Stunning pictures of Jupiter sent by NASA’s Juno spacecraft

UPDATED ON APR 03, 2017 04:08 PM IST 10 Photos
1 / 10
NASA’s Juno spacecraft arrived at Jupiter in 2016 to study our solar system’s largest planet. (NASA)

NASA’s Juno spacecraft arrived at Jupiter in 2016 to study our solar system’s largest planet. (NASA)

UPDATED ON APR 03, 2017 04:08 PM IST
2 / 10
From a unique polar orbit, Juno repeatedly dives between the planet and its intense belts of charged particle radiation, coming only about 3,000 miles (5,000 kilometers) from the cloud tops at closest approach. (NASA)

From a unique polar orbit, Juno repeatedly dives between the planet and its intense belts of charged particle radiation, coming only about 3,000 miles (5,000 kilometers) from the cloud tops at closest approach. (NASA)

UPDATED ON APR 03, 2017 04:08 PM IST
3 / 10
Juno’s primary goal is to improve our understanding of Jupiter’s formation and evolution. (NASA)

Juno’s primary goal is to improve our understanding of Jupiter’s formation and evolution. (NASA)

UPDATED ON APR 03, 2017 04:08 PM IST
4 / 10
The spacecraft investigates the planet’s origins, interior structure, deep atmosphere and magnetosphere. (NASA)

The spacecraft investigates the planet’s origins, interior structure, deep atmosphere and magnetosphere. (NASA)

UPDATED ON APR 03, 2017 04:08 PM IST
5 / 10
Juno’s study of Jupiter will help us to understand the history of our own solar system and provide new insight into how planetary systems form and develop in our galaxy and beyond. (NASA)

Juno’s study of Jupiter will help us to understand the history of our own solar system and provide new insight into how planetary systems form and develop in our galaxy and beyond. (NASA)

UPDATED ON APR 03, 2017 04:08 PM IST
6 / 10
The Juno spacecraft, for the first time, sees below Jupiter’s dense cover of clouds. This is why the mission was named after the Roman goddess, who was Jupiter’s wife, and who could also see through clouds. (NASa)

The Juno spacecraft, for the first time, sees below Jupiter’s dense cover of clouds. This is why the mission was named after the Roman goddess, who was Jupiter’s wife, and who could also see through clouds. (NASa)

UPDATED ON APR 03, 2017 04:08 PM IST
7 / 10
The Juno mission investment is $1.13 billion in total. This cost includes spacecraft development, science instruments, launch services, mission operations, science data processing and relay support for 78 months. (NASA)

The Juno mission investment is $1.13 billion in total. This cost includes spacecraft development, science instruments, launch services, mission operations, science data processing and relay support for 78 months. (NASA)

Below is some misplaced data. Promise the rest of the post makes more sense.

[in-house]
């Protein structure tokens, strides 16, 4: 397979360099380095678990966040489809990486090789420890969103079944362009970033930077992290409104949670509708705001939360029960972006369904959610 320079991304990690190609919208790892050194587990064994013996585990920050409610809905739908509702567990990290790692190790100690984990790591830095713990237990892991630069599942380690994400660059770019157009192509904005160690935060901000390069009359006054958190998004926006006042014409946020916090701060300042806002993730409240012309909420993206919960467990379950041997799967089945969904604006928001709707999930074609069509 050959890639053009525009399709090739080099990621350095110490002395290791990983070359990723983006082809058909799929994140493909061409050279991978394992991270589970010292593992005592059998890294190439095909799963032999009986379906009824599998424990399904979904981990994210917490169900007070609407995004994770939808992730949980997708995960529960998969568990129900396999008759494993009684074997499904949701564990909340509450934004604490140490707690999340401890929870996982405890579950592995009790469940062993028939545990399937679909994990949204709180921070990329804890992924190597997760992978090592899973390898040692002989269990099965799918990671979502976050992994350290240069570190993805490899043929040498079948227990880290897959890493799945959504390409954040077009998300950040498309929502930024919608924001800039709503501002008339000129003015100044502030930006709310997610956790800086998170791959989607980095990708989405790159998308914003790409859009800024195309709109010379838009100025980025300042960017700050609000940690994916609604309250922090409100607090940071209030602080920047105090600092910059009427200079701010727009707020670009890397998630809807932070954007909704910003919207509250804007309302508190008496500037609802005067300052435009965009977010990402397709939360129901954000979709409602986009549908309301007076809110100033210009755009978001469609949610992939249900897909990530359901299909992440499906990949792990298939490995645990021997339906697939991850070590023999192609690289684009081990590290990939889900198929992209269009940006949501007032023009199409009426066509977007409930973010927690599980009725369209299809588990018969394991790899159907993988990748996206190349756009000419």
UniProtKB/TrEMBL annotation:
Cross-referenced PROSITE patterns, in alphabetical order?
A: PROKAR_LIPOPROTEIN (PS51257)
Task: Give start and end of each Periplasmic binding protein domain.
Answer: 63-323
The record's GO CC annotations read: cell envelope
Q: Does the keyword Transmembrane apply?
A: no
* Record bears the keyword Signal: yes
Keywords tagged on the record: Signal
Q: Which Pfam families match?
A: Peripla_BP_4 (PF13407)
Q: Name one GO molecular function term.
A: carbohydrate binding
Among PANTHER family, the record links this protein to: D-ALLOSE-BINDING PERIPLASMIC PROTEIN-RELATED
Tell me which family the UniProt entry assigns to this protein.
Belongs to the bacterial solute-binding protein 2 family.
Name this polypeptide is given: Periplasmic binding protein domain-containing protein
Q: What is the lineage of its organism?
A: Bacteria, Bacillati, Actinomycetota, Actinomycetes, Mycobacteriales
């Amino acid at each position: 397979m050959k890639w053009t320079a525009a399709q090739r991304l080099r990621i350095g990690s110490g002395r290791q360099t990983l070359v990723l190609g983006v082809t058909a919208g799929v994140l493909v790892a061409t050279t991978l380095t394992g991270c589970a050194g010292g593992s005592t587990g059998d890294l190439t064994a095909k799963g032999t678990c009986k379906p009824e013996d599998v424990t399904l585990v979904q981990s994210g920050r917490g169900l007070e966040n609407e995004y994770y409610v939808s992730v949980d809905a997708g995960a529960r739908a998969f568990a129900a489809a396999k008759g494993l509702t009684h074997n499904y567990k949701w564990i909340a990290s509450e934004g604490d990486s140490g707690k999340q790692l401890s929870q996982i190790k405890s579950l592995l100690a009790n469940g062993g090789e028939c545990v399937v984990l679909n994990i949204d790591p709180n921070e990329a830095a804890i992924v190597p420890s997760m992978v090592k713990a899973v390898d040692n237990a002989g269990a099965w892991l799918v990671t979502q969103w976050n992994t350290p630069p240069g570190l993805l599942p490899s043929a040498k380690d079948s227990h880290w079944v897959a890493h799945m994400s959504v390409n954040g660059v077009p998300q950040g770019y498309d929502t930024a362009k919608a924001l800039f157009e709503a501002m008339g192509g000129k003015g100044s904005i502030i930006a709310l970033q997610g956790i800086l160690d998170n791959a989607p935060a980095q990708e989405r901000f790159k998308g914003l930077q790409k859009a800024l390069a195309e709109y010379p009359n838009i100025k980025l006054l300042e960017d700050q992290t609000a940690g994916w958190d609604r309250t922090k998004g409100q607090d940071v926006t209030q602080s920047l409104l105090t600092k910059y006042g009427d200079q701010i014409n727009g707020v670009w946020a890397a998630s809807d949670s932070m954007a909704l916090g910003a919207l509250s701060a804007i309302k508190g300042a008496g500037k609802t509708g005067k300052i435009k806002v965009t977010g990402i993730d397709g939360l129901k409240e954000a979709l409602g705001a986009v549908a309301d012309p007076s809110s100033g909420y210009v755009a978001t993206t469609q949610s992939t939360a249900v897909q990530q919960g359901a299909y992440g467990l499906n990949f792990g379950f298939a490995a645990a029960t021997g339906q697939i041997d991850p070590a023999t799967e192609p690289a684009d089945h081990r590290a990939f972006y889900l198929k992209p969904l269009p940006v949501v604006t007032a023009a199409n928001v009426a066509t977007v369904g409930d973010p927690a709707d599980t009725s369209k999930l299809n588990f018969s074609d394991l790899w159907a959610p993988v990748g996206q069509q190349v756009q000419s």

UPDATED ON APR 03, 2017 04:08 PM IST
8 / 10
It is the first space mission to operate a solar powered spacecraft at Jupiter and the first space mission to orbit an outer planet from pole to pole. (NASa)

It is the first space mission to operate a solar powered spacecraft at Jupiter and the first space mission to orbit an outer planet from pole to pole. (NASa)

UPDATED ON APR 03, 2017 04:08 PM IST
9 / 10
It is also the first space mission to fly as close as 2,600 miles to Jupiter’s cloud tops and is designed to take the he highest resolution images of Jupiter in history. (NASa)

It is also the first space mission to fly as close as 2,600 miles to Jupiter’s cloud tops and is designed to take the he highest resolution images of Jupiter in history. (NASa)

UPDATED ON APR 03, 2017 04:08 PM IST
10 / 10
The Juno mission was the second spacecraft designed under NASA’s New Frontiers Program. The first was the Pluto New Horizons mission, launched in January 2006 and reached Pluto in the summer of 2015. The third mission will be the Origins-Spectral Interpretation-Resource Identification-Security Regolith Explorer, or OSIRIS-Rex — the first U.S. mission to carry materials from an asteroid back to Earth. (NASA)

The Juno mission was the second spacecraft designed under NASA’s New Frontiers Program. The first was the Pluto New Horizons mission, launched in January 2006 and reached Pluto in the summer of 2015. The third mission will be the Origins-Spectral Interpretation-Resource Identification-Security Regolith Explorer, or OSIRIS-Rex — the first U.S. mission to carry materials from an asteroid back to Earth. (NASA)

UPDATED ON APR 03, 2017 04:08 PM IST
SHARE
Story Saved